Lynn’s book addiction was diagnosed in childhood. Books took her to faraway places and through historic periods in which she became an empress, an explorer, or an epidemiologist—without leaving the shade of a backyard elm tree.
Then life interrupted her fascination with fiction. She wrote for her junior-high, high-school, and university newspapers before an award-winning detour through journalism and advertising. She relapsed into fiction when she retired early to the Rocky Mountains.
Reading, travel, and experiences enrich her manuscripts, which feature gutsy, mature women unafraid to poke fun at themselves—and the rest of the world. Lynn has waded out of an African river swollen by the Big Rains during the Great Migration, then watched tens of thousands of animals sweep across the Serengeti.
She’s cowered in Israeli archaeological digs accompanied by heavy-artillery rounds in Syria and machine-gun fire in Lebanon. The harrowing experience didn’t dampen her enthusiasm for archaeology, though, and here she is, during opening week at tel Shiloh in 2022, doing manual labor while trying not to choke on dust blowing in from the Sudan.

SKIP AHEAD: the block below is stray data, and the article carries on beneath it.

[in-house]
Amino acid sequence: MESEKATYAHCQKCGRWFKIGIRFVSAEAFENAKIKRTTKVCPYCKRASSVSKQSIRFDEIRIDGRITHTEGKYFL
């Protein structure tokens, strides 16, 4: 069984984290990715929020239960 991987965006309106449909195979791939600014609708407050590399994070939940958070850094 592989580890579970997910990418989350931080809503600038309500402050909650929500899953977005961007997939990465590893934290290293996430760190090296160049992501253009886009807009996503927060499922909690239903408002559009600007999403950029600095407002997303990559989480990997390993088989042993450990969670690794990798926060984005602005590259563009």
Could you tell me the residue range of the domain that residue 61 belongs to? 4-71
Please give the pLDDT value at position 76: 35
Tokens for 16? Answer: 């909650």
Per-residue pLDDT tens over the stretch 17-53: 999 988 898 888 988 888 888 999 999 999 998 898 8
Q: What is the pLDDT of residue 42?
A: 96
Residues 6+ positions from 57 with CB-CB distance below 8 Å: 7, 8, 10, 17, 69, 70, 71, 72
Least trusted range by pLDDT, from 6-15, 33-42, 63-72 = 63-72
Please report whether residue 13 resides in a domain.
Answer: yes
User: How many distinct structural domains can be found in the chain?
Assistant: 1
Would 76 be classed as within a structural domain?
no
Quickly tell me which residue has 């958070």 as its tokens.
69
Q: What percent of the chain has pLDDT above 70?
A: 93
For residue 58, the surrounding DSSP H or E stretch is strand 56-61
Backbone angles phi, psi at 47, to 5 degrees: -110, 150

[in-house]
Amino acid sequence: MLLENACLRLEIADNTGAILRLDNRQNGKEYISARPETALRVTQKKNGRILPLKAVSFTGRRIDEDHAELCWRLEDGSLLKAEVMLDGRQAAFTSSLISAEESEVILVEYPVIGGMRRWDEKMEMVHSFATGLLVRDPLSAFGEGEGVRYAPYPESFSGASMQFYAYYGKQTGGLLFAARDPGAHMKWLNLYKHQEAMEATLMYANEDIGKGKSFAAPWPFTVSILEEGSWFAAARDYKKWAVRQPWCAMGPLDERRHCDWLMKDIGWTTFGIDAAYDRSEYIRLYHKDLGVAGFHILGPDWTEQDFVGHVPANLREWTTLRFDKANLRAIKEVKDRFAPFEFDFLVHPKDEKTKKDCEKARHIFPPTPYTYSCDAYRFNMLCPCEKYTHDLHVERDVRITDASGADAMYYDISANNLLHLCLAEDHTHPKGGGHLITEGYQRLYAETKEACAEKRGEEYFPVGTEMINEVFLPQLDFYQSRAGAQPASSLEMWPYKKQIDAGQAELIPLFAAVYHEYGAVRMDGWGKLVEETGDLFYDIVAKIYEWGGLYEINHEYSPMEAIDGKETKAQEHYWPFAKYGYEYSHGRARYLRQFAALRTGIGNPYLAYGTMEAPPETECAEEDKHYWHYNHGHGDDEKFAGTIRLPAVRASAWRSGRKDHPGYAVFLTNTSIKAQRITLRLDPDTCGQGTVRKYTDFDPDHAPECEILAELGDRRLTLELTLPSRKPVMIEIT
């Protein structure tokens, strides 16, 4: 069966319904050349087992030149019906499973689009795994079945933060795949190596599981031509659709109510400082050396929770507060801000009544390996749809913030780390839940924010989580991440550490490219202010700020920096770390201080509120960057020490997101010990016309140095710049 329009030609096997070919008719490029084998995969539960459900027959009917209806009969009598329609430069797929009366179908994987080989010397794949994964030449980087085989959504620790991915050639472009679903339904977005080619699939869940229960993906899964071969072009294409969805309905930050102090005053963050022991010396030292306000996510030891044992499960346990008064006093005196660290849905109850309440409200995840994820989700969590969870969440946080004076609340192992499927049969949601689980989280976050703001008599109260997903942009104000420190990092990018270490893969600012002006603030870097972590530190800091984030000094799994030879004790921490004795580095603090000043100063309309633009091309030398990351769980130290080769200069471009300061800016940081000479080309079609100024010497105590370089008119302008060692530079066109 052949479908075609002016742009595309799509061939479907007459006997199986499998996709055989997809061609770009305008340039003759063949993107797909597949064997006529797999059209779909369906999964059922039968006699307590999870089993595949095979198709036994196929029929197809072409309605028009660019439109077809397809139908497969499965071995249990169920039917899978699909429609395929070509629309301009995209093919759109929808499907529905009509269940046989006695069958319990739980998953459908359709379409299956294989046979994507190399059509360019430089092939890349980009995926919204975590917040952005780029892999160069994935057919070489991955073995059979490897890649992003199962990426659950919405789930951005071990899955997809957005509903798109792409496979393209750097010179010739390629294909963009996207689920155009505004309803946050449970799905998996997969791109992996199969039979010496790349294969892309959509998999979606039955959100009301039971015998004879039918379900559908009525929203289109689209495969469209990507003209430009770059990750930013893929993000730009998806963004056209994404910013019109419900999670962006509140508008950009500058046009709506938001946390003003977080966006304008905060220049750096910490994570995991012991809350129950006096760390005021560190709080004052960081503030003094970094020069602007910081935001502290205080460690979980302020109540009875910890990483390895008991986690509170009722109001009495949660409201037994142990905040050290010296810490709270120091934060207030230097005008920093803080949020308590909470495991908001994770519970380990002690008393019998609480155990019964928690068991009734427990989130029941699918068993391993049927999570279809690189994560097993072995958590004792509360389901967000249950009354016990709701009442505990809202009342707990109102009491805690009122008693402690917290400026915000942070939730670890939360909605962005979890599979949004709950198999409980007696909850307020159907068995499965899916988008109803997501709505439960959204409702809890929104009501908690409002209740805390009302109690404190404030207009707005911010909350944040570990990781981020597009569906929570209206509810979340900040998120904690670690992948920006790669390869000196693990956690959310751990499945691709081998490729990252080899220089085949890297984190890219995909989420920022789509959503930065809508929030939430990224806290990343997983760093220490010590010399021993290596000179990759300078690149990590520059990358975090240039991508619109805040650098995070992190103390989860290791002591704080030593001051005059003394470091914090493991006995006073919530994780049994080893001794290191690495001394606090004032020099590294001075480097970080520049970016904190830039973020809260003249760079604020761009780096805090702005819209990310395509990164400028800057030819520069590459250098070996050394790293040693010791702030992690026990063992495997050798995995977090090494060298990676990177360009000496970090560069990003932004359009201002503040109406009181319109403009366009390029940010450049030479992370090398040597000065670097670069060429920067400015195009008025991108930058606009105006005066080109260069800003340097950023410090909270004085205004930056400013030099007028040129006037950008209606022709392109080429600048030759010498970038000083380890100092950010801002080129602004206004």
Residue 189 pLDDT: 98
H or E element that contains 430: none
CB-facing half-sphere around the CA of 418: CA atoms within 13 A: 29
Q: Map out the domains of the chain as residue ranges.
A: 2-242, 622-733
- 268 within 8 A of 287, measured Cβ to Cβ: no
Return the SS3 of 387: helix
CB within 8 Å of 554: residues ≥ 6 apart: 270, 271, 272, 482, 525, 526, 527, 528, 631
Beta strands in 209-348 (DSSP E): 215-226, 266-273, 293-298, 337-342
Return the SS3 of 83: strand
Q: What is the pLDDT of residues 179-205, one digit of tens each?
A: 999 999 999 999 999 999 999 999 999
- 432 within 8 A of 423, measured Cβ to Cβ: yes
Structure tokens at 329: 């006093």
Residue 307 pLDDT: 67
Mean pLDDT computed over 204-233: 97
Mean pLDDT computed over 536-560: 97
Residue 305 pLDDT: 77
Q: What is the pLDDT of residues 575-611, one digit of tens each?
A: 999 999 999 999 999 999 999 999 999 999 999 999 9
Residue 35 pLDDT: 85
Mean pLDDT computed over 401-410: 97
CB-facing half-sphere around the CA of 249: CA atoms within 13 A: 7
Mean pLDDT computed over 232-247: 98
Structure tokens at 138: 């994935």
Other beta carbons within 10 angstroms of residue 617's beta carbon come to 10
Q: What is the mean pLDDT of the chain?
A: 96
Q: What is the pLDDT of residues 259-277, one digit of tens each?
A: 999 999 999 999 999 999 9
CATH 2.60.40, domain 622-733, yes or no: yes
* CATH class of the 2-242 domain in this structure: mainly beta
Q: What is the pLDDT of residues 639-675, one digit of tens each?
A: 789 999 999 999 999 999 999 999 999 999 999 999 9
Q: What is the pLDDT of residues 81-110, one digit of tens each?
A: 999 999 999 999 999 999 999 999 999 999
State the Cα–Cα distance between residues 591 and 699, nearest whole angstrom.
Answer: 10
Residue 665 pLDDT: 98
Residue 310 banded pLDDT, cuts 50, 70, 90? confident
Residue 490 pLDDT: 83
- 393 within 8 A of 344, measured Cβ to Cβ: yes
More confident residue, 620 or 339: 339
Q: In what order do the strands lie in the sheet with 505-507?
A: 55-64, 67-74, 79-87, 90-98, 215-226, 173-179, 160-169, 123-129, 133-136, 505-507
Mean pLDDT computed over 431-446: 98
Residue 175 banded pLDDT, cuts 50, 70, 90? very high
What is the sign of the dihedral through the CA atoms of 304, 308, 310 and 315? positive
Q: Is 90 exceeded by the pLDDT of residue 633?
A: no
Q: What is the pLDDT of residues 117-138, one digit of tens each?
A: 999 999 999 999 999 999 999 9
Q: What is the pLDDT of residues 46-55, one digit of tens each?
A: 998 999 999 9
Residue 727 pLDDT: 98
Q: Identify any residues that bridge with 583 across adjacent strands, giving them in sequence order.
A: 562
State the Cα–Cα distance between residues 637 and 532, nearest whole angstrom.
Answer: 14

After briefly training with an Inca shaman, Lynn explored Machu Picchu, thankful that life in the Rockies taught her to hike on little oxygen. Then she cruised the Amazon, using an oar like a spatula, slipping it under a visiting tarantula before tossing the critter from the skiff. (Either the spider, or the adventuress, was leaving the boat.)
On almost-annual trips to fish Alaskan rivers, she regularly fights twelve-hundred-pound bears—one genome from a grizzly—for the salmon on the end of her line. (The bear always wins.)
In Canadian waters, she loses halibut to sharks, and still more salmon to bull sea lions. (Sharks and bull sea lions alway win too.)
Lynn is a member of the Explorers Club (an international, multidisciplinary society founded in 1904 to advance field research and preserve the instinct to explore), International Thriller Writers, Mystery Writers of America, Women Writing the West, Sisters in Crime, and DAR (Daughters of the American Revolution). She lives on a mountaintop with whatever varmints wander through the meadows, and she’s passionate about archaeology and history, women’s issues and the environment.
She’s a world-class angler, a competent skeet and wing-shooter, a spastic cross-country skier, a dirt-encrusted gardener, a careful mushroomer, and a dedicated mother and grandmother.